So the point is, if you want require_relative to work on an IRB session, you have to define "from where require_relative should search relativeness".

From the process current working directory I guess, especially since you almost always launch IRB from a terminal.

Personally I'm doing require './myfile' which is not the most elegant, but if you don't have completion in IRB, that's shorter to type.

Otherwise, there's always the option to do irb -I. and use plain require.

Updated by naruse (Yui NARUSE) almost 10 years ago

Eregon (Benoit Daloze) wrote:

shyouhei (Shyouhei Urabe) wrote:

Current require_relative loads relative from where the require_relative command is written. So when in IRB sessions, it fails to infer where it is beacuse the command is written in a non-file (console).

OTOH load loads from process PWD, which is possible in IRB.

So the point is, if you want require_relative to work on an IRB session, you have to define "from where require_relative should search relativeness".

From the process current working directory I guess, especially since you almost always launch IRB from a terminal.

Personally I'm doing require './myfile' which is not the most elegant, but if you don't have completion in IRB, that's shorter to type.

Otherwise, there's always the option to do irb -I. and use plain require.

require_relative is introduced to avoid accidentally require a malicious file on the current working directory.
So it can't be acceptable.
Use require or load on such case.

Updated by shyouhei (Shyouhei Urabe) almost 10 years ago

naruse (Yui NARUSE) wrote:

require_relative is introduced to avoid accidentally require a malicious file on the current working directory.
So it can't be acceptable.
Use require or load on such case.

I'm not pretty sure about this. Is there a chance for a (proposed behaviour of) require_relative to require a malicious file on the current directory?

Because you are on an IRB session and intentionally emitting require_relative (not require), I doubt the danger you say.

Updated by naruse (Yui NARUSE) almost 10 years ago

shyouhei (Shyouhei Urabe) wrote:

naruse (Yui NARUSE) wrote:

require_relative is introduced to avoid accidentally require a malicious file on the current working directory.
So it can't be acceptable.
Use require or load on such case.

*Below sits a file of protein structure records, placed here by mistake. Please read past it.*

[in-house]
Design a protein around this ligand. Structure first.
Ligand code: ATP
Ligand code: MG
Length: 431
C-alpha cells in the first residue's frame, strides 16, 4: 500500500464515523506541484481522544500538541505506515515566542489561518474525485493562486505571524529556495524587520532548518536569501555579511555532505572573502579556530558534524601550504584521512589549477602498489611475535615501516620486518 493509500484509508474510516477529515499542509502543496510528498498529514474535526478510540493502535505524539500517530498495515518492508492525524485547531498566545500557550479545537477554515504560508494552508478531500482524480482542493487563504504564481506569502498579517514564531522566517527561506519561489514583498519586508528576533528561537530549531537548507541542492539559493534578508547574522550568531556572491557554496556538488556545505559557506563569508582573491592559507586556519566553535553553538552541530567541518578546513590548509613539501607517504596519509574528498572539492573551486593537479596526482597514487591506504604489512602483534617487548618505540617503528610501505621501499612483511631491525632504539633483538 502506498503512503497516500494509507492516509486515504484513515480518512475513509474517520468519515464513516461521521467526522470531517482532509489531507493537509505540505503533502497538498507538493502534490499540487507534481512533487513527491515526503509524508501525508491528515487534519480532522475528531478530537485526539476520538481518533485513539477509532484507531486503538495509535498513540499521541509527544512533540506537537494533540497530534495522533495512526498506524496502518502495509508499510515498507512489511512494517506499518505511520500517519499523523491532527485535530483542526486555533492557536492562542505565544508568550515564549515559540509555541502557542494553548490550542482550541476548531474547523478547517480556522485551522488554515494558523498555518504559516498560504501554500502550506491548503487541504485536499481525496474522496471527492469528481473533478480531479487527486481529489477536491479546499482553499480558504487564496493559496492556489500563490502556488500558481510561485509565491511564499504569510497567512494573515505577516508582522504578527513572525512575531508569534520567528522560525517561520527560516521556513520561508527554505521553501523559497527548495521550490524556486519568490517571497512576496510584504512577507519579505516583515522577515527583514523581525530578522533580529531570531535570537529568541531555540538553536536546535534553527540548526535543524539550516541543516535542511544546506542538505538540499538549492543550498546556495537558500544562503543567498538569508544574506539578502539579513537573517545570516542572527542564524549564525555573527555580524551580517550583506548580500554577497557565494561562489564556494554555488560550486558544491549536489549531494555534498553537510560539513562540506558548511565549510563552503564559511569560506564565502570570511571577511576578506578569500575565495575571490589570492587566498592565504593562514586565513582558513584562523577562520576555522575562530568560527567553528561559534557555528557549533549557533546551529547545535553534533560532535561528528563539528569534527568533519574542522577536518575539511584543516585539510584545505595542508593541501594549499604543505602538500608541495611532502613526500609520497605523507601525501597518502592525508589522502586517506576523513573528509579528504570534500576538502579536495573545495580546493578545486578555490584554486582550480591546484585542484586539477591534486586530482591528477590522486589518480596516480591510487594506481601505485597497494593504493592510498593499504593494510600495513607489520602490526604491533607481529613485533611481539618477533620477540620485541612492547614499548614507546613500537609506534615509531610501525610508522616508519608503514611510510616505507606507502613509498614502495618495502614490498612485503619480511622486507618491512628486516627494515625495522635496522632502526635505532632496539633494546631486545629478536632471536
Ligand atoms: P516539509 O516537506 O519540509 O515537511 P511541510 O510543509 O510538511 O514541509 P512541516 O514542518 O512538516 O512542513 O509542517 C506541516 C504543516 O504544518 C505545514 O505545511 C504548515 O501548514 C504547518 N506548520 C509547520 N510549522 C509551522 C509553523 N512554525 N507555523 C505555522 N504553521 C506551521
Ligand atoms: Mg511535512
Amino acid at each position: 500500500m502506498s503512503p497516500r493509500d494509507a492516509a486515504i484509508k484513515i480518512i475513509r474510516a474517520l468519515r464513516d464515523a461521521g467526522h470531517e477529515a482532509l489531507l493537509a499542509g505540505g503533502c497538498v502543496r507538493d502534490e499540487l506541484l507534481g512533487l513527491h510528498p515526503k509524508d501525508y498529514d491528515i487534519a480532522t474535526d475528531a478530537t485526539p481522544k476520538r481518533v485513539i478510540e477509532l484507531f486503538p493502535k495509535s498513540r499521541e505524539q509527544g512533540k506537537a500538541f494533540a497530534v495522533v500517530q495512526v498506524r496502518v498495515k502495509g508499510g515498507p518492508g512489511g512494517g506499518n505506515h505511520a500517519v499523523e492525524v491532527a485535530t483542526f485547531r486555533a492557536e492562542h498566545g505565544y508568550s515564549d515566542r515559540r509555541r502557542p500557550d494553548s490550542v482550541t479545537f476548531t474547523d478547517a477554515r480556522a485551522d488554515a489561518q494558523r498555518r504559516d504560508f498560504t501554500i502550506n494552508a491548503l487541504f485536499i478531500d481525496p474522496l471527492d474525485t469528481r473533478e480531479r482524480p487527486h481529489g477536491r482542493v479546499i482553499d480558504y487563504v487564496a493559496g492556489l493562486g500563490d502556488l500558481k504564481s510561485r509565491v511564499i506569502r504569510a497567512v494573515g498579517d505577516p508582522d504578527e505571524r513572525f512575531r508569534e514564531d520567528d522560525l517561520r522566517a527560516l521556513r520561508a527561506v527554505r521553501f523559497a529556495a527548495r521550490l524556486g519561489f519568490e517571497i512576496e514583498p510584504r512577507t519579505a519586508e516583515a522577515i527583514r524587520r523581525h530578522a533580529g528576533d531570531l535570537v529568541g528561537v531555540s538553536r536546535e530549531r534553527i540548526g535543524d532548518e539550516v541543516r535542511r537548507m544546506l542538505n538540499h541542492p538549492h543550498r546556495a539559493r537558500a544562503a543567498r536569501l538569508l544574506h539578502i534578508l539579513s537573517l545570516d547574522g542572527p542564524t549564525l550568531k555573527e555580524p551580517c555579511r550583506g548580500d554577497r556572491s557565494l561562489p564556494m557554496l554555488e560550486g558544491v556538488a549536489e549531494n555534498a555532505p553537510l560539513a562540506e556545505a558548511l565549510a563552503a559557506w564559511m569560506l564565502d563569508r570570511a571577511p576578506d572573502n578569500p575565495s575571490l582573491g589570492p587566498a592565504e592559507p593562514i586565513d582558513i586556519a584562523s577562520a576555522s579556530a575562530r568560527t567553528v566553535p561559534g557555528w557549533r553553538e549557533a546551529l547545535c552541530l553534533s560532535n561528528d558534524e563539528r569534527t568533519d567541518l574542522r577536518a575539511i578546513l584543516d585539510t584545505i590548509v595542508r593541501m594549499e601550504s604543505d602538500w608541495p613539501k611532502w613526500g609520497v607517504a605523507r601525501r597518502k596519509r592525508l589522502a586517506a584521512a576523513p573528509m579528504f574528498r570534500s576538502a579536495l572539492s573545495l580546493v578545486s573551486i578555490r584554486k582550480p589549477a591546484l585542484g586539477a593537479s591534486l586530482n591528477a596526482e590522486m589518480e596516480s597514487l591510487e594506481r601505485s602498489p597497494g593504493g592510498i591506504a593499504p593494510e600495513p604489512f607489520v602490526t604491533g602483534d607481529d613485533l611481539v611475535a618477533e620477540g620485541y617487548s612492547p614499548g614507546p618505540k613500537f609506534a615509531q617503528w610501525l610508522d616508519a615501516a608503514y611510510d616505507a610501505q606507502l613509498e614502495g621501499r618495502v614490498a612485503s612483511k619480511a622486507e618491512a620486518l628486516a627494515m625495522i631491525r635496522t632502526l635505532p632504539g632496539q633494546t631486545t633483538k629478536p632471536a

I'm not pretty sure about this. Is there a chance for a (proposed behaviour of) require_relative to require a malicious file on the current directory?

Because you are on an IRB session and intentionally emitting require_relative (not require), I doubt the danger you say.

  • irb is not the only user of eval.
  • A user won't always use require_relative intentionally.
  • There is a suitable another way: require './myfile'

With those reason, I don't think require_relative should be changed.

Updated by Eregon (Benoit Daloze) almost 10 years ago

naruse (Yui NARUSE) wrote:

Eregon (Benoit Daloze) wrote:

From the process current working directory I guess, especially since you almost always launch IRB from a terminal.

require_relative is introduced to avoid accidentally require a malicious file on the current working directory.
So it can't be acceptable.
Use require or load on such case.

I see, you're right.
Indeed, with this in mind I think it's not worth changing, and the actual require_relative behavior is clearer (relative to "this file" directory, if there is no accurate "this file", just #raise).

Updated by ko1 (Koichi Sasada) almost 10 years ago

  • Assignee changed from matz (Yukihiro Matsumoto) to mame (Yusuke Endoh)

mame-san, please ask matz.

Updated by mame (Yusuke Endoh) over 9 years ago

  • Subject changed from require_relative fails in an eval'ed file to require_relative fails in an eval&#x27;ed file
  • Assignee changed from mame (Yusuke Endoh) to matz (Yukihiro Matsumoto)
  • Target version set to 2.6

Updated by Conrad.Irwin (Conrad Irwin) about 9 years ago

This bug also affects pry: https://github.com/pry/pry/issues/880. Our use-case is slightly different because we are doing TOPLEVEL_BINDING.eval("some code", "/absolute/path.rb").

I think that when an absolute path is set in eval, then require_relative should use it.

Actions #16

Updated by julik (Julik Tarkhanov) almost 7 years ago

This is actually very pertinent for Rack as well, because currently config.ru does not support require_relative which is very counterintuitive.

Updated by mame (Yusuke Endoh) over 4 years ago

  • Status changed from Assigned to Closed

Now, it works. I'm unsure who changed the behavior... Anyway, closing.